Bursting the bubble of alleged gay affluence, a new study from The Williams Institute claims that lesbian, gay and bisexual Americans remained more likely to be poor than heterosexual people, especially among women and African-Americans.
Of course that bubble’s been bursting for a while considering a 2009 report from the Williams Institute found that LGBTs are at a higher risk for poverty and a recent Gallup poll found that LGBTs are less educated and have less money than the straight population.
The newer Williams study, New Patterns of Poverty in the Lesbian, Gay and Bisexual Community, relied on data from four surveys: the 2010 American Community Survey (for same-sex couples), the 2006-2010 National Survey of Family Growth (for LGB people aged 18-44), the 2007-2009 California Health Interview Survey (for LGB people 18 and older living in California), and the Gallup Daily Tracking Poll (for single LGBT-identified adults).
The report had limited data on bisexual people and almost none on transgender people, highlighting, the researchers say, “the need for questions on sexual orientation and gender identity to be included on state and federal government surveys.”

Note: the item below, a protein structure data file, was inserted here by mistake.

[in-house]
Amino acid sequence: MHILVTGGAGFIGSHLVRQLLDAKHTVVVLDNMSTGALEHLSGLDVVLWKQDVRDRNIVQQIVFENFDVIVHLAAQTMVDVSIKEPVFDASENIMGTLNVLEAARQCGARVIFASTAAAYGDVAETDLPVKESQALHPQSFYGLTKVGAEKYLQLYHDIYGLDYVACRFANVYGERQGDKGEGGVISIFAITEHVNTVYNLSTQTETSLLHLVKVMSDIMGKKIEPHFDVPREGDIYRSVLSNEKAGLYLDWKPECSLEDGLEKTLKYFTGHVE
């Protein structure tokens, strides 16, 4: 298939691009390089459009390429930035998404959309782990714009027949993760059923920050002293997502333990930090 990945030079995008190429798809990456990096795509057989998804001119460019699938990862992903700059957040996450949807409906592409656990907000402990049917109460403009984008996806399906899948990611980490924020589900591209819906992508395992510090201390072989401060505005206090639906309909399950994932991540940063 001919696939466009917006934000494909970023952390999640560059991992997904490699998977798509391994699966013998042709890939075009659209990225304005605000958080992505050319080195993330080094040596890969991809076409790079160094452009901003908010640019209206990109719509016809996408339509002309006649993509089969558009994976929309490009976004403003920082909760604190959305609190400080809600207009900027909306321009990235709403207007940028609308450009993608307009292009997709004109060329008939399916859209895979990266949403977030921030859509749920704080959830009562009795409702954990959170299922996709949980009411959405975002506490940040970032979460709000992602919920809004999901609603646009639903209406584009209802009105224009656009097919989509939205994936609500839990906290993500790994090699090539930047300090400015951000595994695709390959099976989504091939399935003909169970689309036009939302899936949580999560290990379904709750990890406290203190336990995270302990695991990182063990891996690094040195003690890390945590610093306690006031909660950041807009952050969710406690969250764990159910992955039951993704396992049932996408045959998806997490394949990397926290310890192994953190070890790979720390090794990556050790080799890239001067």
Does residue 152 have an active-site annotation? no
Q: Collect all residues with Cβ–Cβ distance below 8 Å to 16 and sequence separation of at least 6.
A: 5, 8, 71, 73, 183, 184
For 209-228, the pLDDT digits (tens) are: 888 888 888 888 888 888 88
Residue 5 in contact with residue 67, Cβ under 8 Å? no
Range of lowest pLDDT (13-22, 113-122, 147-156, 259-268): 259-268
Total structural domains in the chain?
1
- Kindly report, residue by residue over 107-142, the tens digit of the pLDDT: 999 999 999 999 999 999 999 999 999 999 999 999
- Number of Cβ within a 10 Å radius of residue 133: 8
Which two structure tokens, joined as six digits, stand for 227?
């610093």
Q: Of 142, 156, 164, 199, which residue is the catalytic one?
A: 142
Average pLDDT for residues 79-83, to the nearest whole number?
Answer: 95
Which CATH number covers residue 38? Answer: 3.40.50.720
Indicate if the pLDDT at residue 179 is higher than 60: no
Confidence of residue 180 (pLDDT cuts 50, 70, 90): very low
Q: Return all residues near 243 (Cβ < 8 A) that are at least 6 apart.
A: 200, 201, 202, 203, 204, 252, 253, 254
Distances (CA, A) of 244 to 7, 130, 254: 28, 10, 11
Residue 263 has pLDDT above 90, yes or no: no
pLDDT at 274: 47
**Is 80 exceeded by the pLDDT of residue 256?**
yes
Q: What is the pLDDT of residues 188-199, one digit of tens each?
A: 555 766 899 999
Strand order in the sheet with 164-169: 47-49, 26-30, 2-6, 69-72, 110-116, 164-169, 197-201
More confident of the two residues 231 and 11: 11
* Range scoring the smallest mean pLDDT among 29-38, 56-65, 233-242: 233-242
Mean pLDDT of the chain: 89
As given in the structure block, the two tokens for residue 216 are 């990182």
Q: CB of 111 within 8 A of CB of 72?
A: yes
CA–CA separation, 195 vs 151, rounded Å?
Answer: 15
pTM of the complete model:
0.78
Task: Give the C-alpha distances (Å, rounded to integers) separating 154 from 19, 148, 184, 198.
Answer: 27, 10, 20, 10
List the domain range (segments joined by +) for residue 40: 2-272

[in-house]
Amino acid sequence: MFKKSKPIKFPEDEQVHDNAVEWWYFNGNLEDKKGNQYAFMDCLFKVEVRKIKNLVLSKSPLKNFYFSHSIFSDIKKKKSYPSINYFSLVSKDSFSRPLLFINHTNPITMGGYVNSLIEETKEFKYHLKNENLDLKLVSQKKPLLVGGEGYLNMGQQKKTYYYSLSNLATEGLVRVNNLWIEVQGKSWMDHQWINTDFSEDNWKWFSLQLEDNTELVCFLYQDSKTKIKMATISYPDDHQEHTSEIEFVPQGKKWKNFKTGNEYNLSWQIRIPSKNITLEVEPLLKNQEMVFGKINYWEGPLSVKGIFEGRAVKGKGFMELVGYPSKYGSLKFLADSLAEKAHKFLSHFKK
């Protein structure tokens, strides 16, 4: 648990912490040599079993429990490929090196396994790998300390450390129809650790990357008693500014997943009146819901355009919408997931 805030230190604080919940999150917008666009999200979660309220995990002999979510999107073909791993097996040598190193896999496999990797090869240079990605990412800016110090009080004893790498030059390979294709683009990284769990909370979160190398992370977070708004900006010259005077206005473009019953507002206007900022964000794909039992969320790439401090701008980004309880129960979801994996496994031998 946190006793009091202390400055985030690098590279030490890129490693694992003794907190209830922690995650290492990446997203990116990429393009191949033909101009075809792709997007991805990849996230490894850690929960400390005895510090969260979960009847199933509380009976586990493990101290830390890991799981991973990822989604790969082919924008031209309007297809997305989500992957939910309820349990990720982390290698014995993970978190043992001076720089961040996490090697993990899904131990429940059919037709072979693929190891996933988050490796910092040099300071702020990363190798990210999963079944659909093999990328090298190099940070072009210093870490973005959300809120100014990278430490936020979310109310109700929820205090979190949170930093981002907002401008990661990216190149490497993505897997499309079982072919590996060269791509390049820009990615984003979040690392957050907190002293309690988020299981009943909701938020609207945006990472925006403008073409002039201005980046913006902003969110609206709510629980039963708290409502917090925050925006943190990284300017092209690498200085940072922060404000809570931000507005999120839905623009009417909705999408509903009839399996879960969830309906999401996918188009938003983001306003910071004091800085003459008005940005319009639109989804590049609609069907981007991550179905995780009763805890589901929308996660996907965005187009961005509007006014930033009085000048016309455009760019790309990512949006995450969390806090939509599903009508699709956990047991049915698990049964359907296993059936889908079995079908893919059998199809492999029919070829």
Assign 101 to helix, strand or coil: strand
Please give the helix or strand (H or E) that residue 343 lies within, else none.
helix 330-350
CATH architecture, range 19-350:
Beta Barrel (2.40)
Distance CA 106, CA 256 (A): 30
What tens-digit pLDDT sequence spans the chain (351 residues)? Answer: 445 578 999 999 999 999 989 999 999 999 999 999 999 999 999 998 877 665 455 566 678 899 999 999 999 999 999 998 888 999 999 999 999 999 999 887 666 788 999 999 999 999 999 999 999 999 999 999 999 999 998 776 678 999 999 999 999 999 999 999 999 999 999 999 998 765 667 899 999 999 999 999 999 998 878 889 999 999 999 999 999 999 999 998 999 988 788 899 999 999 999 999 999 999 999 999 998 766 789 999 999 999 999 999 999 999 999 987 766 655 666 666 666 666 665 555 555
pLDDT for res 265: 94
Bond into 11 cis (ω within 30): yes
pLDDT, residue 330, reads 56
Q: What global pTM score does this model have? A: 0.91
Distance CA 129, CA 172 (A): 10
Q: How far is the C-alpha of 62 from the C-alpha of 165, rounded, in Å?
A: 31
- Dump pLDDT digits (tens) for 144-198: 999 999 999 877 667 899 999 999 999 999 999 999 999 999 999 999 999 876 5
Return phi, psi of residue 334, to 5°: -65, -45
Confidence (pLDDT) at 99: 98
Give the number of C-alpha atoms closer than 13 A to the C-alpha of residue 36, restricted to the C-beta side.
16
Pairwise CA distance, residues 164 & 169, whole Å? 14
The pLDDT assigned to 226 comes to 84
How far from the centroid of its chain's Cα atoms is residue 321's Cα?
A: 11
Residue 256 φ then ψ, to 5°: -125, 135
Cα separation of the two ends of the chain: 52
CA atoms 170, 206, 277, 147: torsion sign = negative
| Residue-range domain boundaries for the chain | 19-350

Key findings include:
Yeah, but that doesn’t mean being gay makes you more likely to be poor does it? Oh, what’s that lead author M.V. Lee Badgett? “Our analysis finds that being lesbian, gay, or bisexual increases a person’s likelihood of being poor.”
Say what now?
“I think people are surprised there are any poor gay people,” Badgett told CNBC. “This ‘myth of gay affluence’ has been around for a long time. It gets in the way of people even imagining that LGBT people can be poor.”
We imagine it just fine having recently checked our bank account balances, but still it’s hard to imagine that being LGB or T can actually lead to poverty. That’s like admitting that LGBT people are still in some way a disenfranchised community, and that America has some sort of inequity towards minorities or something. And that can’t be, right?
You can read the full report here.